5. Thousands of Theorems
A self-taught mathematical genius, Srinivasa Ramanujan was one of India’s greatest 20th-century minds.
When British mathematician G.H. Hardy began correspondence with him, it became apparent that Ramanujan had discovered some theorems already known to the West all by himself and even came up with new ones.
But according to Ramanujan, he’d had some help. The help came in the form of his hometown’s deity, the goddess Namagiri, who he said appeared to him in many dreams, presenting him with hundreds of startling new equations and formulae.
For example, one dream saw a screen of falling blood and a hand appearing to trace out elliptic integrals.
Ramanujan lived a short life. After attending Cambridge University, he was taken ill and sadly died at 32.
However, on his deathbed, he wrote down 17 further cryptic equations that had come to him in dreams.
100 years later, mathematicians approached the press to announce that these too had just been proved correct.
4. DNA Copying
Sometimes ordinary dreams just don’t cut it, and you need to induce scientific discovery through a psychotropic hallucination purposefully.
Kary Mullis was one guy who wasn’t afraid to drop some LSD for the good of humanity – and a Nobel prize.
He won the Nobel Prize for the invention of PCR, or Polymerase Chain Reaction, a novel method for copying DNA.
Mullis said: “Would I have discovered PCR had I not taken LSD? I highly doubt it. I could sit on a DNA molecule and watch the polymers go by”.
Using PCR, a small sample of DNA can be amplified to millions of copies in hours, which allows doctors to identify and then deal with diseases quickly.
Taking LSD in the field of genetics is something of a tradition now. Francis Crick, the discoverer of the double helix model, was known to experiment with the stuff as well.
Who said science was all just hard work?
3. Natural Selection
Everyone’s heard of Charles Darwin and his theory of natural selection, but you may not have heard of Alfred Russel Wallace who came up with the same theory a year before Origin of Species was published.
And how did he get the drop on Darwin? A fever dream of course. In 1858 Wallace was out in Indonesia collecting bird specimens when he was struck down with a terrible fever.
Confined to his bed, his mind was drawn this way and that, before an economics book he had read twelve years earlier floated into his thoughts.
The book was by Thomas Malthus and described how human populations were kept in check by factors such as disease, famine, and war.
In his addled state, it then occurred to him that equivalent forces could be at work in the animal kingdom.
He came to the conclusion that the animals that would live through such pressures were “those fittest to survive.”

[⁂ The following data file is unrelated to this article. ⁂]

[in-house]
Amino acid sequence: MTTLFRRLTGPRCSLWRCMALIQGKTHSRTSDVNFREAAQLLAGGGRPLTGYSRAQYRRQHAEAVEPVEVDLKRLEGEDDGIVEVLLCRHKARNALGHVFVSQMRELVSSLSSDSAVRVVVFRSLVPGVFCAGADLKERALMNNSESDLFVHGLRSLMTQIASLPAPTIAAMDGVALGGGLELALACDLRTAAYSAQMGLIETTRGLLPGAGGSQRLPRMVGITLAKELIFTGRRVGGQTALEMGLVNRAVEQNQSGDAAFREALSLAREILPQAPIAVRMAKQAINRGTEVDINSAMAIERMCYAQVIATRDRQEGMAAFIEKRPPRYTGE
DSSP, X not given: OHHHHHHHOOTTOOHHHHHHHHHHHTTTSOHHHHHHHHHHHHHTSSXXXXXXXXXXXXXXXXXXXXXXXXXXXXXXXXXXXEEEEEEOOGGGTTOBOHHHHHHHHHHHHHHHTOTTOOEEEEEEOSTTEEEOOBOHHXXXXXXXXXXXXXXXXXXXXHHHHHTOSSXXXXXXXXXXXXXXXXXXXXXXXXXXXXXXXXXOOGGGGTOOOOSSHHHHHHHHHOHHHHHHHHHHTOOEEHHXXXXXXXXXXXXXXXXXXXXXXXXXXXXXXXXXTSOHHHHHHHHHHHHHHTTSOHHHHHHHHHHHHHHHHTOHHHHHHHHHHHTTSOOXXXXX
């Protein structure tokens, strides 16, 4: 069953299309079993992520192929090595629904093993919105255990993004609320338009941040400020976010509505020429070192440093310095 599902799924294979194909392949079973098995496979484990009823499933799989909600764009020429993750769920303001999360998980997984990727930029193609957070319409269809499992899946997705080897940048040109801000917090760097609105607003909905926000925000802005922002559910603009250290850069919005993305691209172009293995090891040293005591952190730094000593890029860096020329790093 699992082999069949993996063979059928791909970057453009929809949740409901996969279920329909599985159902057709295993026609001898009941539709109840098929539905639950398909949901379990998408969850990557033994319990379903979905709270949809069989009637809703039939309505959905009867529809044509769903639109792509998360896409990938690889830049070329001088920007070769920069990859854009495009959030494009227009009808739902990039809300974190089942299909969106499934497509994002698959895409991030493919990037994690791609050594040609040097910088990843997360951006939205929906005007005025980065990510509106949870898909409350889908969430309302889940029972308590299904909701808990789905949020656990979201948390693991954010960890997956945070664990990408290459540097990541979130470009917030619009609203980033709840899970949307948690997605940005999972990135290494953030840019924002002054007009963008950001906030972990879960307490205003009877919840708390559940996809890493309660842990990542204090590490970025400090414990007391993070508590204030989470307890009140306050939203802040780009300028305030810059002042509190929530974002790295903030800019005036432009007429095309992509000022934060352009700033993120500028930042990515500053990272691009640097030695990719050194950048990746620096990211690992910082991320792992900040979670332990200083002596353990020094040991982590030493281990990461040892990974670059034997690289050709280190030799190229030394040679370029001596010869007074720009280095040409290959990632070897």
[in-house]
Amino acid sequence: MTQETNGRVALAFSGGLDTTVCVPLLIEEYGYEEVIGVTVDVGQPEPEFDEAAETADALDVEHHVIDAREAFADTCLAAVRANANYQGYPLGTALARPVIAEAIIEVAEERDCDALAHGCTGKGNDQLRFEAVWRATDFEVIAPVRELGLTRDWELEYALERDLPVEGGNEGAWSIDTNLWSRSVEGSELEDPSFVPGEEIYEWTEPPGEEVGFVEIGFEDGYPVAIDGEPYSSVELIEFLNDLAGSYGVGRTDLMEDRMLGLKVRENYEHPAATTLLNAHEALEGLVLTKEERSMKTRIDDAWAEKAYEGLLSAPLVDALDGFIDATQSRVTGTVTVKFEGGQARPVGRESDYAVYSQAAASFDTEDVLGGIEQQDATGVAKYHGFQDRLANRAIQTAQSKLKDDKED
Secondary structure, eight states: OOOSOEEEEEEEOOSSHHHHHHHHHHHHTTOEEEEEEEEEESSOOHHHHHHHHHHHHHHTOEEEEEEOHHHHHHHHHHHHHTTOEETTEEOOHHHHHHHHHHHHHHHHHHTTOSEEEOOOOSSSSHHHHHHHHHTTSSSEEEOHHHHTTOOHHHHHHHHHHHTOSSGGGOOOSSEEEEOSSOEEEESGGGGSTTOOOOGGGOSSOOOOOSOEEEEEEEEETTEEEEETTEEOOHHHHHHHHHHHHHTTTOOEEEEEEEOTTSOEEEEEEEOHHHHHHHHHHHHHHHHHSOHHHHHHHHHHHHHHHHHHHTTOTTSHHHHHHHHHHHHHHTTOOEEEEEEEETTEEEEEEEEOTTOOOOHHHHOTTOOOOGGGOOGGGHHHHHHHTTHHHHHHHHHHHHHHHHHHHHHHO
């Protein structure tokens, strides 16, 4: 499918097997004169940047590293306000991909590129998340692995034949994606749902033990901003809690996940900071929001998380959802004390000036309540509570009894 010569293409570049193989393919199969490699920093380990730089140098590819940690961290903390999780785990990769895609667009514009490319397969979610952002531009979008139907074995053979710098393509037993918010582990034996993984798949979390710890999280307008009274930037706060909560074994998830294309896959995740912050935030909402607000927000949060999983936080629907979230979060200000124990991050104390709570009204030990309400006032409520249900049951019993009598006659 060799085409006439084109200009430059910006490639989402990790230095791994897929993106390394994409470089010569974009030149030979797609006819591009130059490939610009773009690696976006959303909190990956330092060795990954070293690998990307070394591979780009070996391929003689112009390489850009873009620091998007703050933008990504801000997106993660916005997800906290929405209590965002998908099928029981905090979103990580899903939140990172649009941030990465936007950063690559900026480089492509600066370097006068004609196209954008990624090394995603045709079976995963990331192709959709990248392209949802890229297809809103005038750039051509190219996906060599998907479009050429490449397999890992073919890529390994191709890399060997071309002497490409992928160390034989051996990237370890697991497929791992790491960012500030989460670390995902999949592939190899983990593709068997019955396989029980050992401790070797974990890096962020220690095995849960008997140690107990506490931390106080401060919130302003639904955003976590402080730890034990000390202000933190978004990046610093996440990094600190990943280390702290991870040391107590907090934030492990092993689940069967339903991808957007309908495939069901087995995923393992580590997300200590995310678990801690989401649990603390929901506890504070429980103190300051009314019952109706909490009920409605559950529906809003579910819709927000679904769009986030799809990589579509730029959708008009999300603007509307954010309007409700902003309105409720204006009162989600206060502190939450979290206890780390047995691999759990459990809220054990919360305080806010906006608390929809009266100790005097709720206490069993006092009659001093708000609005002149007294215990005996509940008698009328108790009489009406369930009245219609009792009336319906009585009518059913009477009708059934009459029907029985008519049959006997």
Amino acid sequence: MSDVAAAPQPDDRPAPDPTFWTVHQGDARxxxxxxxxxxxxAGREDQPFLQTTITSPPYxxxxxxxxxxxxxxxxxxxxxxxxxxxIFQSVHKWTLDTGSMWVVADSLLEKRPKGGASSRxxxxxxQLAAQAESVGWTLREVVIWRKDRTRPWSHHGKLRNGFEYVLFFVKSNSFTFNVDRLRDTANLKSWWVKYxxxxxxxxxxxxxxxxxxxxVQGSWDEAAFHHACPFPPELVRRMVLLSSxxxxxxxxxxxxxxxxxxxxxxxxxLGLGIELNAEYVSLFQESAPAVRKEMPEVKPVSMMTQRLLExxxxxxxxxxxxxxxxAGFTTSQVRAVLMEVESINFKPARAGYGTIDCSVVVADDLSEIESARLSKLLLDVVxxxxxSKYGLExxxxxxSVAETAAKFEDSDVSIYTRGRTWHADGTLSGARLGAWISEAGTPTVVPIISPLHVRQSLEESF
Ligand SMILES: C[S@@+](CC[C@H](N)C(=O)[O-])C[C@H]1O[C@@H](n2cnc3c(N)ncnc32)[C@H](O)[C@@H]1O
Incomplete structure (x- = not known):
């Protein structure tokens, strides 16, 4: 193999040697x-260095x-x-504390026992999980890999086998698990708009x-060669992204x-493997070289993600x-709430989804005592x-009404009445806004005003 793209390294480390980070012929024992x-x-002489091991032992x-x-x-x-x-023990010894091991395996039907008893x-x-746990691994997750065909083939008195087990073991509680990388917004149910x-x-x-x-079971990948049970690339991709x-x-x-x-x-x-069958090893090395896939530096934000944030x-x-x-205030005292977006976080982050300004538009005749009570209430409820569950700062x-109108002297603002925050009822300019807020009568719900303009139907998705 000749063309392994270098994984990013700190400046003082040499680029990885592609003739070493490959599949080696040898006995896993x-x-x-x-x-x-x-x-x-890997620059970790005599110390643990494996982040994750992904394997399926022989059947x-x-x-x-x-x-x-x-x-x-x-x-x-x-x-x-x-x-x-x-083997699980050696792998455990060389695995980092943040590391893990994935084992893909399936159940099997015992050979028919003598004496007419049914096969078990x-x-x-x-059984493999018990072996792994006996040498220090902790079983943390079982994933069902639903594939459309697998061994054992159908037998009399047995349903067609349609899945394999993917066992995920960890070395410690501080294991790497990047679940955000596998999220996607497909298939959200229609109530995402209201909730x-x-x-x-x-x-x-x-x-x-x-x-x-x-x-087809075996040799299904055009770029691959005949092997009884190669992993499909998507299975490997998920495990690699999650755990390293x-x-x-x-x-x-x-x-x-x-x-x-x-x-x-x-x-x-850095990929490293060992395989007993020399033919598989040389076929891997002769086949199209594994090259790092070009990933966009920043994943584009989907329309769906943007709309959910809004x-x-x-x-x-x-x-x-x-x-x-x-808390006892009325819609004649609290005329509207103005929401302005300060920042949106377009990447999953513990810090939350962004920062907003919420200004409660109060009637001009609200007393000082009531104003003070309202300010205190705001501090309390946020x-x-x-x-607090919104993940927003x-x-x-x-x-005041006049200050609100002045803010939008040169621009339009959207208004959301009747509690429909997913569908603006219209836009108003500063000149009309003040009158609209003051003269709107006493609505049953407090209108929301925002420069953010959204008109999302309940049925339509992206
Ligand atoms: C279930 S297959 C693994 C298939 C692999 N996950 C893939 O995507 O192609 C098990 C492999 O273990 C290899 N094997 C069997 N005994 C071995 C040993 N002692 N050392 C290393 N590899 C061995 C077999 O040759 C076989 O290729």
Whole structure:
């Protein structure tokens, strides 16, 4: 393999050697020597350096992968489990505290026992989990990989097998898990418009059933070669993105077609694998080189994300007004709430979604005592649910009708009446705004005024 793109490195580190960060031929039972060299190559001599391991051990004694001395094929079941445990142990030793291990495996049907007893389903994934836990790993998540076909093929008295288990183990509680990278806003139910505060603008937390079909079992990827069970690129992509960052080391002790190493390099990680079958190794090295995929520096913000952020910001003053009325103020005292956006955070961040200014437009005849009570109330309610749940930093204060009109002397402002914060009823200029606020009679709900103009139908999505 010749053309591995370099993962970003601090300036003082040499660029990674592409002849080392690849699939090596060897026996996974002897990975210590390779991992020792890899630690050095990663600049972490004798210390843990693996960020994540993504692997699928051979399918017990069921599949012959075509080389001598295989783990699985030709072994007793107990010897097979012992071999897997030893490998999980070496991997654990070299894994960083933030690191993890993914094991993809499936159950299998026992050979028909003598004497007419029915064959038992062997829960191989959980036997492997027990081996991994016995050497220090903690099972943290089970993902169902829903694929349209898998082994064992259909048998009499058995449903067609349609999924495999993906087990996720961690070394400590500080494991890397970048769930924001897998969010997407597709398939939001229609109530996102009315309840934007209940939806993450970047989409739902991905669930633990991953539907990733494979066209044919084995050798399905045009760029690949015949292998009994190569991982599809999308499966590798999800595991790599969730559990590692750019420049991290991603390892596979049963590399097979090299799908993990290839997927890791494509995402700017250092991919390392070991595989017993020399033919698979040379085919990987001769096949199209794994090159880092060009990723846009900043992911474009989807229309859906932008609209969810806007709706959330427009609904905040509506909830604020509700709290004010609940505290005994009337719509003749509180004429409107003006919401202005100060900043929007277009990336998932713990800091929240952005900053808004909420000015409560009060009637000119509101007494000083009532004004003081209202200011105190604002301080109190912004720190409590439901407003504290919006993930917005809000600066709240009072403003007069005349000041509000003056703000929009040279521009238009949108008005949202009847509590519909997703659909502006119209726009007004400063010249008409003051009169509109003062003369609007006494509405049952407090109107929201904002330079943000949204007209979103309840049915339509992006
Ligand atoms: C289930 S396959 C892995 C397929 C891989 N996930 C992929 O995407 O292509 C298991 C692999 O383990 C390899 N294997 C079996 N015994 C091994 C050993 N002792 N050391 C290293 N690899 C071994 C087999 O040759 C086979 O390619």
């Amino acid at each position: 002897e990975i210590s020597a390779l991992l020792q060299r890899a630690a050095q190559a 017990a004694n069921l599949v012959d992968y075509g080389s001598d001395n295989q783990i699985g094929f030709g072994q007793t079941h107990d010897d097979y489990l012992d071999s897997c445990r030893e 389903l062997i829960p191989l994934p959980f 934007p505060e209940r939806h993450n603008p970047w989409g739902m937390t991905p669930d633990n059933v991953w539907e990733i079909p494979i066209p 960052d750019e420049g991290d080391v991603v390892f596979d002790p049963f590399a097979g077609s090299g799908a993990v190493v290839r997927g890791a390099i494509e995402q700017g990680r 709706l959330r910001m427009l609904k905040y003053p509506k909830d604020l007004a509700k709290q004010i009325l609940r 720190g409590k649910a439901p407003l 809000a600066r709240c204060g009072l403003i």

2. Chemical Nervous System
Picture two disembodied frog hearts, still beating. One being electrocuted, the other blasted with a weird fluid. Was this a dream or reality? Well, as it turns out, it was both.
In 1920 pharmacologist Otto Loewi dreamed up this famous experiment on two consecutive nights. On the first night, the thought escaped him when he woke up.
But it returned at 3 a.m. the next day, and he immediately leaped into the laboratory to dissect some frog hearts.
The purpose of the experiment was to prove that nerve impulses are controlled chemically, not electrically, which he had previously hypothesized.
After taking intravenous fluid that had been electrically stimulated and bathing a frog heart in it, that heart beat in the same way as the electrically provoked frog heart.
He realized that the fluid, after being shocked, released a new chemical, which influenced the heart.
For this discovery, Loewi was awarded the Nobel Prize in Medicine. Not a bad night’s sleep then.
1. Modern Mathematics And Philosophy
The 10th of December 1619 was a momentous day for civilization because Rene Descartes conceived modern mathematics, science, and philosophy all inside an oven in Bavaria.
He was huddling inside trying to keep warm – don’t judge him.
After all the excitement of discovery, he went to bed, where he claims in his memoirs to have had three quite ‘out there’ dreams.
In the first, he was trapped inside a hurricane with horrific phantoms chasing him, and there was an exotic melon that looked tasty.
He was then ‘awoken’ into the second dream by loud thunder. He looked around and saw sparks flying all over the room.
In the third dream, he saw a book on a table in front of him; it was a book of Latin poetry that he was familiar with.
He read the line, ‘What path shall I take in life?’ At which point a man appeared and replied, ‘Yes and No.’ He then woke up and bought the first melon he saw. Just kidding.
What Descartes took from this bewildering array was the idea that he should abandon a career in law and instead pursue science – this new ‘universal’ knowledge – and thank god he did.